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Sunday, March 13, 2022

Chris Abrahams, Jim Denley and Robbie Avenaim - Weft (Relative Pitch, 2021) ****

By Paul Acquaro

I took a long walk on a bright late winter's day to listen to Weft in full. It’s one long 45-minute track and for walking, a fine piece. The music flutters ceaselessly like the wind blowing through trees or water cascading through a stream, a trickle of constant, gentle sound. I looked at the barren trees and the nascent buds on some of the bushes. The crocuses were bloomed already, purple, white, pink in the park and in front of some of the buildings. The crackle of the music played, as the sun shined, and I could hear the crunch of my sneakers on the gravel.

At one point I imaged the trio of Antipodean experimental musicians, keyboardist Chris Abrahams (pianist in the Necks), woodwindist Jim Denley and percussionist Robbie Avenaim showing up at the studio, each one having purposefully forgotten a part of their instrument. This deliberate omission would then be used to their advantage. For example, instead of notes from Denley’s bass flute, sculpted air, something with shape but barely a tone.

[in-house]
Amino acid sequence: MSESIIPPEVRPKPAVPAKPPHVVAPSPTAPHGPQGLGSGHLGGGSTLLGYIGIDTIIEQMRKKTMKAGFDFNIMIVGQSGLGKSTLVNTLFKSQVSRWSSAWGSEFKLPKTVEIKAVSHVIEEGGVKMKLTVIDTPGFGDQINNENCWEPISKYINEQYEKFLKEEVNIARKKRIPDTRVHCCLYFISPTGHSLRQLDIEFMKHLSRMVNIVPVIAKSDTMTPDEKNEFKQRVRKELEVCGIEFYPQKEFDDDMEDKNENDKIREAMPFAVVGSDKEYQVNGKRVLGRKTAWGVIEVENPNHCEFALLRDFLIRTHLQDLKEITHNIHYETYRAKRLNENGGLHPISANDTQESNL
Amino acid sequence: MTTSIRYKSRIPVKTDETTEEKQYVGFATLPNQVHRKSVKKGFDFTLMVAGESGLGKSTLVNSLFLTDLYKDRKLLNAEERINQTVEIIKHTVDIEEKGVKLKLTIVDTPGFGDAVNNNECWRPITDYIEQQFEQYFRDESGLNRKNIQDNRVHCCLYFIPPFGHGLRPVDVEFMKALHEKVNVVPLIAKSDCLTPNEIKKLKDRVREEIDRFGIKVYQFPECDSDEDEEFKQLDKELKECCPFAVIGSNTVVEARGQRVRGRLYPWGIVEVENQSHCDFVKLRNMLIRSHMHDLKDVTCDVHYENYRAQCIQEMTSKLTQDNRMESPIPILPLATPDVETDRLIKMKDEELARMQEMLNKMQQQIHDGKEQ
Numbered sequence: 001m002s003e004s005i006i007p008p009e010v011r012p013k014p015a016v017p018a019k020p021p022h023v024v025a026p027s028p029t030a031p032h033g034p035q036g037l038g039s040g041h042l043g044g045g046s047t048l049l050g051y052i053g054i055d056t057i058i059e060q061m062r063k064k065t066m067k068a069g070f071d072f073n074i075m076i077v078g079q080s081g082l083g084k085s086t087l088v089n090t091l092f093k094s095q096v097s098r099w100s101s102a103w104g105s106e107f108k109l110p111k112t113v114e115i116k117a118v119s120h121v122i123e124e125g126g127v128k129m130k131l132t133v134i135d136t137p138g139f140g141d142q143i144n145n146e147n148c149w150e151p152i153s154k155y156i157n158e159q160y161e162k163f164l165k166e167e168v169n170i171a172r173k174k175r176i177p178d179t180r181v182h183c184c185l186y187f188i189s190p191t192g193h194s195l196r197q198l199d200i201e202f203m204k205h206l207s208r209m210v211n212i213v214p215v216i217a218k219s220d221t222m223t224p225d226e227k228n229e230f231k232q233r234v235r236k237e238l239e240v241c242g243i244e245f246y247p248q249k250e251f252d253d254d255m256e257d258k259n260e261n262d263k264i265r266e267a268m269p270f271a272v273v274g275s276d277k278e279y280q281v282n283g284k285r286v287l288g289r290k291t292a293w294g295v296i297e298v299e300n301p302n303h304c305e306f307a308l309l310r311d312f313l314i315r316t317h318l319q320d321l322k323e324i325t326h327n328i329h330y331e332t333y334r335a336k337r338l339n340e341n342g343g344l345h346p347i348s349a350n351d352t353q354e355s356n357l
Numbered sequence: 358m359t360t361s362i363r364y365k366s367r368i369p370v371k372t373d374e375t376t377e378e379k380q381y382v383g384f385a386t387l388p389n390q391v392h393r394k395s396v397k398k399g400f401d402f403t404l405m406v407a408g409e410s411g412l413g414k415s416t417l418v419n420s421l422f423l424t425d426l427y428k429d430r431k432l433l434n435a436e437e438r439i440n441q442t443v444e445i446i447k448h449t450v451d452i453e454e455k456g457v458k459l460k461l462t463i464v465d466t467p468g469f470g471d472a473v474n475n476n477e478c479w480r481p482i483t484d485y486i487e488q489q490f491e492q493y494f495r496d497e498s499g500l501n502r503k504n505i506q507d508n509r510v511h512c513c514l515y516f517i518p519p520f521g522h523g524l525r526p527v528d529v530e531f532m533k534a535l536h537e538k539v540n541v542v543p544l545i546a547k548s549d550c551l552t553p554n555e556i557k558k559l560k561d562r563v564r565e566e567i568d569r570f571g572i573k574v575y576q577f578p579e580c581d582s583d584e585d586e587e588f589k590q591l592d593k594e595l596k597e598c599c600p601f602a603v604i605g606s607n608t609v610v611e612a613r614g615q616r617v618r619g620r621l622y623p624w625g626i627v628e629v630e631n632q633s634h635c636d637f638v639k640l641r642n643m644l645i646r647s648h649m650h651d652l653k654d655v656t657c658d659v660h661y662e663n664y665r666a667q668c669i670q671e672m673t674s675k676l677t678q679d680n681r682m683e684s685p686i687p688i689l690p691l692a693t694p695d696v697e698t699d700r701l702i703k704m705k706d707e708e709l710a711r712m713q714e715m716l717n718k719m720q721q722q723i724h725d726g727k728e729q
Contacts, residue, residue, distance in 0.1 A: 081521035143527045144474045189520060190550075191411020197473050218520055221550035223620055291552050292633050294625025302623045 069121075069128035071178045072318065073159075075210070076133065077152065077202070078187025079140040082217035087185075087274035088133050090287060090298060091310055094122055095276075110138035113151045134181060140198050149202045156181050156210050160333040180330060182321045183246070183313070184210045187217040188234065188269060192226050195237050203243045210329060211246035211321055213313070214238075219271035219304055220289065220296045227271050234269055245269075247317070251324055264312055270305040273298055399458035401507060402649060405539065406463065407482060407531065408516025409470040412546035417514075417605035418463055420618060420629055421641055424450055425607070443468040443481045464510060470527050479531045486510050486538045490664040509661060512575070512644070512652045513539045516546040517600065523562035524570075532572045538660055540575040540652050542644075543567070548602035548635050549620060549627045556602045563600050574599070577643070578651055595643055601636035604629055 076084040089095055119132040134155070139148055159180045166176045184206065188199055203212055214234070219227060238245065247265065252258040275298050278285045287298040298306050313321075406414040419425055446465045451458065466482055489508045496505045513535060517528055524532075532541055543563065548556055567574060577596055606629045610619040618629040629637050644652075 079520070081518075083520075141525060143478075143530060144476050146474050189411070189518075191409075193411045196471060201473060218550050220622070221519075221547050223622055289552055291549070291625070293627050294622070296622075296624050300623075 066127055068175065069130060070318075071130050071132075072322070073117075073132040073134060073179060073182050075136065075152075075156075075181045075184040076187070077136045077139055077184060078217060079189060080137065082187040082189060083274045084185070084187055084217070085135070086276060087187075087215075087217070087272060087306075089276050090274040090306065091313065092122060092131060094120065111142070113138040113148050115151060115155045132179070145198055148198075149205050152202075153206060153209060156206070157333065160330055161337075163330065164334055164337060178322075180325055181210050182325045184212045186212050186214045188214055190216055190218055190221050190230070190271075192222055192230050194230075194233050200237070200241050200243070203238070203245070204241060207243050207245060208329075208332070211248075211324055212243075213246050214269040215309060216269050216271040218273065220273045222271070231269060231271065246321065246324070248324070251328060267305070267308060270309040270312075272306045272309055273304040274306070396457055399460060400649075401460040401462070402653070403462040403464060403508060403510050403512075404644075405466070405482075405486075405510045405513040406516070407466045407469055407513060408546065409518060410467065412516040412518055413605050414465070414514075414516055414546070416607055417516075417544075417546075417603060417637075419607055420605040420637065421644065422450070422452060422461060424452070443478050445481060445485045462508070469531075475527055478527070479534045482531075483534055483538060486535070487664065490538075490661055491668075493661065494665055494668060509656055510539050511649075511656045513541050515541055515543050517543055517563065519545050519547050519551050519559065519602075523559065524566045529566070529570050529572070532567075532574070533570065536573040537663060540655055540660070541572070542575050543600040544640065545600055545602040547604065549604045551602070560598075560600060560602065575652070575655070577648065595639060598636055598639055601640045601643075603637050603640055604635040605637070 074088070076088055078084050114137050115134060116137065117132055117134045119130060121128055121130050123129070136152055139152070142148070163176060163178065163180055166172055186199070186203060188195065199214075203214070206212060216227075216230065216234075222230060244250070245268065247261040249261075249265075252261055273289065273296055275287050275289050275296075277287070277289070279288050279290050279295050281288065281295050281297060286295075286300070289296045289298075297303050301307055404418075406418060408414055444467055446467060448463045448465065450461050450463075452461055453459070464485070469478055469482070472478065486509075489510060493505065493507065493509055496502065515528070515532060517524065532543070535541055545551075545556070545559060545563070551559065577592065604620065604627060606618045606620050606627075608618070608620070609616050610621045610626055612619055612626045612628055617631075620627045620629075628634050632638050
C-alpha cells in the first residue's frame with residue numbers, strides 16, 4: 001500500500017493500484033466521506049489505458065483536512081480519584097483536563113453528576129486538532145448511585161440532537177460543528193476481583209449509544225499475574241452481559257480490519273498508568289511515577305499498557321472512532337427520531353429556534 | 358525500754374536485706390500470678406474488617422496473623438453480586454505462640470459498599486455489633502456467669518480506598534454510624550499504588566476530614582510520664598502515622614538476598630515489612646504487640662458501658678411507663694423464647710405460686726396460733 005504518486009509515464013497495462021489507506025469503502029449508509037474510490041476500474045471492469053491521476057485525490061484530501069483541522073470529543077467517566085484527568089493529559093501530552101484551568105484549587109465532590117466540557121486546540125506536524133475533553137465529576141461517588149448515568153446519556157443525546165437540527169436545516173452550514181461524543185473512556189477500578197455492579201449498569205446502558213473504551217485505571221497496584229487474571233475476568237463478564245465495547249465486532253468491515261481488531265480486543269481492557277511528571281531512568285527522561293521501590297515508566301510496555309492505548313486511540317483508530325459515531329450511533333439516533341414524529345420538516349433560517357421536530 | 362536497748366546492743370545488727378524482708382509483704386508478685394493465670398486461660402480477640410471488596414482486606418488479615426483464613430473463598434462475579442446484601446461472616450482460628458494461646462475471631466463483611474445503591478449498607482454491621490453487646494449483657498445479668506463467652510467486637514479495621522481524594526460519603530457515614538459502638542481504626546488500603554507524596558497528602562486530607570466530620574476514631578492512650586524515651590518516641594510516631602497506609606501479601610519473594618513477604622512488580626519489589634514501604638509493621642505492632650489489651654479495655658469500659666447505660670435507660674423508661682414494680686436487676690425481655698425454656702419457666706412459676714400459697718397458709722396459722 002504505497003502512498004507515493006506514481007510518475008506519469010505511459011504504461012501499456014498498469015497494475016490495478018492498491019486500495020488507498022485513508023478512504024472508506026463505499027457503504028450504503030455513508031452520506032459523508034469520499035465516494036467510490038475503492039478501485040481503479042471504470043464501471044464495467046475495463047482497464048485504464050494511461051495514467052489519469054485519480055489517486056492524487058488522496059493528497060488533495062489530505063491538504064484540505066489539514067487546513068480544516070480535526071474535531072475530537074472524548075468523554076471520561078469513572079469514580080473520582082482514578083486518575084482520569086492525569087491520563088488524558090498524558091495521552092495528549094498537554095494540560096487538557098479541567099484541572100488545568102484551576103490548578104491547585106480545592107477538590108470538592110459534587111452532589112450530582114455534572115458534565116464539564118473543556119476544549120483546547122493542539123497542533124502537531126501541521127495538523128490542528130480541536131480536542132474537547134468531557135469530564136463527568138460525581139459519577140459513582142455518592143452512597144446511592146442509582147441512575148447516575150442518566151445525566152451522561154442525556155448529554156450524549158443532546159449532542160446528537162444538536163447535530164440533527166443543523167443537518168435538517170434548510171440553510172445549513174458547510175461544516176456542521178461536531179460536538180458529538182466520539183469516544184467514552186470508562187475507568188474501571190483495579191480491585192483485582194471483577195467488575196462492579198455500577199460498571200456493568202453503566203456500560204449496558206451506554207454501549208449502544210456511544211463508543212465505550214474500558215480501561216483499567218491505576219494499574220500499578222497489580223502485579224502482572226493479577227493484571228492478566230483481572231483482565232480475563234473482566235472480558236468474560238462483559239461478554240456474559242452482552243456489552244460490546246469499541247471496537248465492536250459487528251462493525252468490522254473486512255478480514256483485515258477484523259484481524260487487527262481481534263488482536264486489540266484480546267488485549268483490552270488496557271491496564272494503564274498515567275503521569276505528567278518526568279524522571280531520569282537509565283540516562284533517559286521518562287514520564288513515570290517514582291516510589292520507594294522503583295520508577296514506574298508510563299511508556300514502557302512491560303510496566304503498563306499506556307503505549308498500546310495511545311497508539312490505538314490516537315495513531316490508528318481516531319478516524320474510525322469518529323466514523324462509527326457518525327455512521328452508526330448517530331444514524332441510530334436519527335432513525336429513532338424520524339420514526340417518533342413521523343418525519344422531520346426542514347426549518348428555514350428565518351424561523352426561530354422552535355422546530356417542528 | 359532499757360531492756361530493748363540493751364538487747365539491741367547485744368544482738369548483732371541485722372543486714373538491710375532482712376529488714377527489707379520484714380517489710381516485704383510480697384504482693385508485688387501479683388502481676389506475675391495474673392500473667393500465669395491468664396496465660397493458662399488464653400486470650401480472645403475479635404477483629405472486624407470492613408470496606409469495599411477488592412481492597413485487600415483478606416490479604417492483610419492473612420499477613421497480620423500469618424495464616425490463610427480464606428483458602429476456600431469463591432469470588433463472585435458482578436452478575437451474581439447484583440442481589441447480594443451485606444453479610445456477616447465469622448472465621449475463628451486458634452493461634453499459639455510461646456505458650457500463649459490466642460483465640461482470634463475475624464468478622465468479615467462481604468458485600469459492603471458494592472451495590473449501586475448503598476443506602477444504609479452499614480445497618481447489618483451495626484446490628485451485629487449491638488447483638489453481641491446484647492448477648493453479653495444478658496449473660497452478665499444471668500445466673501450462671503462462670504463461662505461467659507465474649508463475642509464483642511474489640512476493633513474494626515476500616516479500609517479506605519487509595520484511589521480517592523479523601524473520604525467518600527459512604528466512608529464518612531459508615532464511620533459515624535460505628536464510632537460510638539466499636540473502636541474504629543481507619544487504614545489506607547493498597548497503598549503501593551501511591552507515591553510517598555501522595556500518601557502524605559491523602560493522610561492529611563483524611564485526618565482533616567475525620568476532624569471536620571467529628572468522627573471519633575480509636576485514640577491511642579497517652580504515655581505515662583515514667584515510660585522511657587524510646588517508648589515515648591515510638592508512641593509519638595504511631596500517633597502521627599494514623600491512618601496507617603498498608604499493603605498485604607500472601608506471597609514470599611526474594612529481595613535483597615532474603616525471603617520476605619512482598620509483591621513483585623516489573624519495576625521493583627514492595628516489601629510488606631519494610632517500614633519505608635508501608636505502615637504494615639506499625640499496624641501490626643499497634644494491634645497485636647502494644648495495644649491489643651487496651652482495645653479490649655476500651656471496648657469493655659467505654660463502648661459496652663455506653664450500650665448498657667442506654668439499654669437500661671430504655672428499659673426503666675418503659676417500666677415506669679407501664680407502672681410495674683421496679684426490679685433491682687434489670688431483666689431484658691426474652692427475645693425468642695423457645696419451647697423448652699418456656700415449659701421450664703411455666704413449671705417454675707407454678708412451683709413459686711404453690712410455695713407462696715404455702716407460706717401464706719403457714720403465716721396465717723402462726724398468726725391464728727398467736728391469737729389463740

Avenaim's ‘prepared typewriter’ adds a percussive texture, or is that Abraham’s vintage synthesizer? The woosh of electrified static and manipulated tones is certainly the work of the Waldorf Q+ and those occasional didgeridoo-like sound is most likely Denley. The collaboration is a collage, like the mixtures of sounds that weave into the surrounds when you simply walk and listen. Here it's more purposeful, of course, but the effect is a blending of organic and non-organic sounds that unfold in a subtle tone-poem. There are moments of activity that rise above the texture, and the end builds to a denser collection of rhythmic figures. The music on Weft, minimal yet absorbing, proved a good companion for a mid-day walk, and I'm sure in many other contexts as well.


Kreilly said...

Thanks Paul. Jim Denley’s body of work is worth exploring. I have an LP he released in 1980. Along with Jon Rose he really is one of the stalwarts of free improvisation in Australia.